An American visitor to my golden valley expressed incredulity yesterday when I told him that I had been relying on electric fans rather than air conditioning during this hot and humid summer in Majorca. In some frustration he recounted how at least two hotels he’d recently stayed at in Spain still resolutely relied on ceiling fans when it was obvious that air conditioning was the only way to deal with temperatures cruising 40C.
Frankly I wasn’t surprised by his reaction. The United States is the biggest guzzler of energy when it comes to air conditioning, using more than any other country. In fact according to the US Energy Information Administration, 87 per cent of homes are equipped with the cooling units and let’s not even mention cars. India and China are joining the race and there has been a marked rise in consumer purchases than in previous years.
Of course air-con has come a long way since Willis Carrier, an American citizen, invented the concept back in 1902 using ice and fans. Now Americans can expect buses, trains, cars, offices, homes and public buildings to provide a cool atmosphere regardless of the temperature outside. In truth there have been times when I’ve shivered with the chill in American supermarkets and offices, preferring a more ambient temperature. On a recent visit to London I even wished I’d brought a jumper along to Waitrose given its cool demeanour. Fans of air-con will insist that research has shown its many benefits not least getting a good night’s sleep, helping workers to function more efficiently and preventing deaths from heat strokes. All the same in Europe I’m not sure we should become reliant on it.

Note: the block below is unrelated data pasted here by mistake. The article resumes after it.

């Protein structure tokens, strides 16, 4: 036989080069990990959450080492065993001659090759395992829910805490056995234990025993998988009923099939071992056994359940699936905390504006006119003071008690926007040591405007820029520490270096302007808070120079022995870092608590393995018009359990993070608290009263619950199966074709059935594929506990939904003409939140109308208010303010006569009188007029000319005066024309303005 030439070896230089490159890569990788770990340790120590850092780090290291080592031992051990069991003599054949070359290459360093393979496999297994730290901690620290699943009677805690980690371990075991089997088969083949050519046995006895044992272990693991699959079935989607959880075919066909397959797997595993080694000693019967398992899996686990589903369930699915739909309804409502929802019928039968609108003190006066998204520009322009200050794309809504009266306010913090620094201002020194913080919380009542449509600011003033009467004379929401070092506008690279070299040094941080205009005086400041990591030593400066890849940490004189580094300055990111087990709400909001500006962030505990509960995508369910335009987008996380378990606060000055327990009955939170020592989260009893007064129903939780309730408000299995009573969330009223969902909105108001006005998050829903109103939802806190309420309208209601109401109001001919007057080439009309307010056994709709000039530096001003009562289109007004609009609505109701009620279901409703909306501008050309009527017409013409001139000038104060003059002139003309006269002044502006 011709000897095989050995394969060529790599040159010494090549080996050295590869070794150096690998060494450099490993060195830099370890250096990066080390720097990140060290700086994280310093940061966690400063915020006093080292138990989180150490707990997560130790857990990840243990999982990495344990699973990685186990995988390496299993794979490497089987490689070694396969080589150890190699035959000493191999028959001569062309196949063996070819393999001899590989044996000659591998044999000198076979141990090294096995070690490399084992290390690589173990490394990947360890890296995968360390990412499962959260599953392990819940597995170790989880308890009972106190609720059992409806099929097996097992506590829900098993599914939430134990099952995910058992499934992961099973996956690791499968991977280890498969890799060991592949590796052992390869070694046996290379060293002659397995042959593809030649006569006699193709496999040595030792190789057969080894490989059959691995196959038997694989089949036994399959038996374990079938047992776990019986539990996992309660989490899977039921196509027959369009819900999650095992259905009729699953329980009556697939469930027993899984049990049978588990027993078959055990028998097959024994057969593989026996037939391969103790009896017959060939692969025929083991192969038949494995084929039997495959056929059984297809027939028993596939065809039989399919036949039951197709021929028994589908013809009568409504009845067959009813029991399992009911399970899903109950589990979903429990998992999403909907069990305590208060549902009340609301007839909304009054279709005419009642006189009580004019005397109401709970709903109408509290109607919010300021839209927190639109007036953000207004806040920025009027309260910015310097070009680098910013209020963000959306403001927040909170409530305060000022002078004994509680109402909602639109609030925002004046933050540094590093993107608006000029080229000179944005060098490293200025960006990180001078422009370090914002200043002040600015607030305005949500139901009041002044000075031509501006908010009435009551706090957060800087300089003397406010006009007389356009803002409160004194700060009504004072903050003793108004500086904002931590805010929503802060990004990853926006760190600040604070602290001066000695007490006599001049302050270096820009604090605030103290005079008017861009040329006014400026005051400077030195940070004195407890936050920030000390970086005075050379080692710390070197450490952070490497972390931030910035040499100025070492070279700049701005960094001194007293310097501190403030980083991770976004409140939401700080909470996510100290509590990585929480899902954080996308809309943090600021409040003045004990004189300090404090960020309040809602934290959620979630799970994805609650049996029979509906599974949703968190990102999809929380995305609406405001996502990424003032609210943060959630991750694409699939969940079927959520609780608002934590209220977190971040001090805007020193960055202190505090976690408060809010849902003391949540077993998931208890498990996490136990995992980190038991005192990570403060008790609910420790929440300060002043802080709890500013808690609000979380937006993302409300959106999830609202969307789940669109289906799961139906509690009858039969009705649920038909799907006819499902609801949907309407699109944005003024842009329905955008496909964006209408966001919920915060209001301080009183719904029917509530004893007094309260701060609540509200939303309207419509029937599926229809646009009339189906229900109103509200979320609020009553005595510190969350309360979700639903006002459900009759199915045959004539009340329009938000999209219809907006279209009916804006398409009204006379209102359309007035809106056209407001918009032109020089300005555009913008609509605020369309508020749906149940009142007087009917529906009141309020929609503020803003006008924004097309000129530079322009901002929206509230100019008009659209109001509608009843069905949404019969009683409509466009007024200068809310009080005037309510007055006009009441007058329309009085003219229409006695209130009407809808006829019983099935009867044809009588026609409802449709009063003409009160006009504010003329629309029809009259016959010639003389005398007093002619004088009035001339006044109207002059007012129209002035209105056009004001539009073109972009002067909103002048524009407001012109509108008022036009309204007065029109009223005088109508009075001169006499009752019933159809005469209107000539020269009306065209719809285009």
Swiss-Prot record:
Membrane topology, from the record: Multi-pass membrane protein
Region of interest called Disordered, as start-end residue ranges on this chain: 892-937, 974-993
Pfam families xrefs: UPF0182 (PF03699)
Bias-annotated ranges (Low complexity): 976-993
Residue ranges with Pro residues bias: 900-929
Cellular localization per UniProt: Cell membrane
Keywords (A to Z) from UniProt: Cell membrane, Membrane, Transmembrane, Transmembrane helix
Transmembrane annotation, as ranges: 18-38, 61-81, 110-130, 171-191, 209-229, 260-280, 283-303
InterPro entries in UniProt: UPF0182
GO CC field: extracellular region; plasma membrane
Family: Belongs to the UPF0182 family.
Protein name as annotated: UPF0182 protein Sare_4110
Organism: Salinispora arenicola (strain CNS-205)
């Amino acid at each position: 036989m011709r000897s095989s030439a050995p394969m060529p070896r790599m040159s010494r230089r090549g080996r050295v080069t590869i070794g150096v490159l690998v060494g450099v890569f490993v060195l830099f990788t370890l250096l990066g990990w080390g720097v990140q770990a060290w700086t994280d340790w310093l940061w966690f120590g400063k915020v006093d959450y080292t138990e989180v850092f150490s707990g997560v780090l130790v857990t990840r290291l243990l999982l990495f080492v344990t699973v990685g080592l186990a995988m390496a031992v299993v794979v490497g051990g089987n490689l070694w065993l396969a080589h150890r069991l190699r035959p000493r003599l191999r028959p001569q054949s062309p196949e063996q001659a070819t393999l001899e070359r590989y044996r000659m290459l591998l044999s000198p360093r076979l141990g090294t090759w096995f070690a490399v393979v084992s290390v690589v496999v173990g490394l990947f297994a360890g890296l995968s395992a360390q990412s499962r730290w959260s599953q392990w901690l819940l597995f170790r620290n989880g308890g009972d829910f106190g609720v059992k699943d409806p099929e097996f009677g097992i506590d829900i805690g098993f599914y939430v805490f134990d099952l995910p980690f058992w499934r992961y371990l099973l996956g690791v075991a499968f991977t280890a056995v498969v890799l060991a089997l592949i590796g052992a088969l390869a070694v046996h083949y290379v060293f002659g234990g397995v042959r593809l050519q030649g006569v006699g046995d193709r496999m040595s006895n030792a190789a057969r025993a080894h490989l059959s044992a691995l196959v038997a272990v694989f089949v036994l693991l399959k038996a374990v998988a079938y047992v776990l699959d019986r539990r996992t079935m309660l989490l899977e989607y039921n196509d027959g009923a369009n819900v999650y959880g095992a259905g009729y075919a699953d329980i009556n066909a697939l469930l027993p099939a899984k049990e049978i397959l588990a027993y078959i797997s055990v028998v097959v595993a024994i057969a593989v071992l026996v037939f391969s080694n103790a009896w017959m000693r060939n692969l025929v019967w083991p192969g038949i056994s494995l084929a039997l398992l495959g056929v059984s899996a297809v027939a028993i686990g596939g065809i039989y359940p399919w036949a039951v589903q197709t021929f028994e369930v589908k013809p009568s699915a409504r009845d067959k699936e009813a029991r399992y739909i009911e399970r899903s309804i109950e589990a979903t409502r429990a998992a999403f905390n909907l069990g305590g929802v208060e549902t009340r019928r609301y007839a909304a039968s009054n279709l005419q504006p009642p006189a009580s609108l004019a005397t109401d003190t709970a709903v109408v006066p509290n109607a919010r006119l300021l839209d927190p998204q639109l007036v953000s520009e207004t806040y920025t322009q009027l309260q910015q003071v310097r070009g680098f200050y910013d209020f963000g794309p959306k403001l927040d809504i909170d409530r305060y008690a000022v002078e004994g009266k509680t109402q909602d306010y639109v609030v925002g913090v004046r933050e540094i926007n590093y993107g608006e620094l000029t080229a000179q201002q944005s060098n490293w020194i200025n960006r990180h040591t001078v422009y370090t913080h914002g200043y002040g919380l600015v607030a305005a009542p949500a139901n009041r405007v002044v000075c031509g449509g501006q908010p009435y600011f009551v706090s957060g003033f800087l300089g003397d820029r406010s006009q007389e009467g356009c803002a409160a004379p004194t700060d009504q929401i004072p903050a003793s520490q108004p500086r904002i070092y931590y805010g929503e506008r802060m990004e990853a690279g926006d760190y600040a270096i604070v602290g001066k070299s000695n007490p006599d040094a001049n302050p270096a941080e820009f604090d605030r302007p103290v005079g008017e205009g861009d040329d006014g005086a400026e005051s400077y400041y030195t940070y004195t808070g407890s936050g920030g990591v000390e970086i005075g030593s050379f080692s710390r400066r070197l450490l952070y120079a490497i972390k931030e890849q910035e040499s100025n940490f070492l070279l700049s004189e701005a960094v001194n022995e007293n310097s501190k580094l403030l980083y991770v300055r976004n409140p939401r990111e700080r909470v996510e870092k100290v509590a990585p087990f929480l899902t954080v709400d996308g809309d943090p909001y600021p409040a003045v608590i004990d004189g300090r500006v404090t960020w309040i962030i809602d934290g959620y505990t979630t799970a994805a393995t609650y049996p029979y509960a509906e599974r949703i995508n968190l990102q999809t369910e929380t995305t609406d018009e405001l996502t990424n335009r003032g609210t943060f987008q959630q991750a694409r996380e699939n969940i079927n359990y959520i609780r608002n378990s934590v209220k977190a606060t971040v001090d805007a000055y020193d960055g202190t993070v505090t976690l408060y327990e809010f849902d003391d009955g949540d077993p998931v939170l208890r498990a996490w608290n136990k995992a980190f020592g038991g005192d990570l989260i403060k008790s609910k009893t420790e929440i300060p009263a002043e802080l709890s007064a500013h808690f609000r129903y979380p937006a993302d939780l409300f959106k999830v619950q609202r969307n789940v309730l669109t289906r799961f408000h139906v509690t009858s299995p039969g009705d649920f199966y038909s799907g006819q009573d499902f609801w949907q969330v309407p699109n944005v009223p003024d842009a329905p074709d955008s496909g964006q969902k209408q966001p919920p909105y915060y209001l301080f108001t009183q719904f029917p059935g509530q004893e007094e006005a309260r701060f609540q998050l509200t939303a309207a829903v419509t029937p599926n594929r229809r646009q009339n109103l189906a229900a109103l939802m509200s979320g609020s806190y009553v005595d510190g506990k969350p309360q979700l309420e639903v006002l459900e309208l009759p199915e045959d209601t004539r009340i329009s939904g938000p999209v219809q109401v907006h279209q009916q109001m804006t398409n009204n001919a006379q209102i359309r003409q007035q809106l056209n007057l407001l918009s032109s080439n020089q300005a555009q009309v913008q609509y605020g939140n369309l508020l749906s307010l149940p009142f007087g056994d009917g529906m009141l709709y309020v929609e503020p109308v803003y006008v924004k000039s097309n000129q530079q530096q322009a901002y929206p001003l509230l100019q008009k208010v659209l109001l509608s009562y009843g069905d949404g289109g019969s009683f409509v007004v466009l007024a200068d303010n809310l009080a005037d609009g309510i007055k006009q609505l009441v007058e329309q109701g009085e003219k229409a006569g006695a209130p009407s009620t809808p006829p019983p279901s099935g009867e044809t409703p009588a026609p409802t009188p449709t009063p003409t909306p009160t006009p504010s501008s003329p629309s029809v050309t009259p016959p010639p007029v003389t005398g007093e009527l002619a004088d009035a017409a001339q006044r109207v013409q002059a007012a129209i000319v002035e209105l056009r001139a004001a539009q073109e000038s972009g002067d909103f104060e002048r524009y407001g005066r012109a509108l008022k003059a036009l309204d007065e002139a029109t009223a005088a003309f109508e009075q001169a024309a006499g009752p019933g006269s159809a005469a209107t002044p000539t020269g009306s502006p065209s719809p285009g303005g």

In Spain although air-con is used widely during the hot summer months, it isn’t the norm to rely on it in day to day life. Most of my Majorcan friends do not use it at night in their bedrooms, usually preferring ceiling or electric fans and open windows. There is another factor why air-con is used sparingly here and that is the ruinous cost of electricity. One sizzling summer I used air conditioning in my office most days and my eyes nearly popped out when the electricity bill plopped on the mat in September. Never again.
One of the best things about not bothering with air-con – at least in rural Majorca– is that on a clear night with the stars winking up in the dark sky, the sounds of the Soller valley are heavenly. First there are my musical frogs quacking like ducks and frolicking about in the pond beyond my window, the hissing of cicadas on their way to bed and last but not least the cry of the Scops owl. On a breezy night the tangy scents of rosemary and lavender waft through the bedroom window prompting the sweetest dreams. So much as at times I might toss and turn on hot summer nights and curse the unrelenting heat, the attraction of pure air still outweighs the benefits of air-con for me. Therefore I shan’t be joining the cool set yet.
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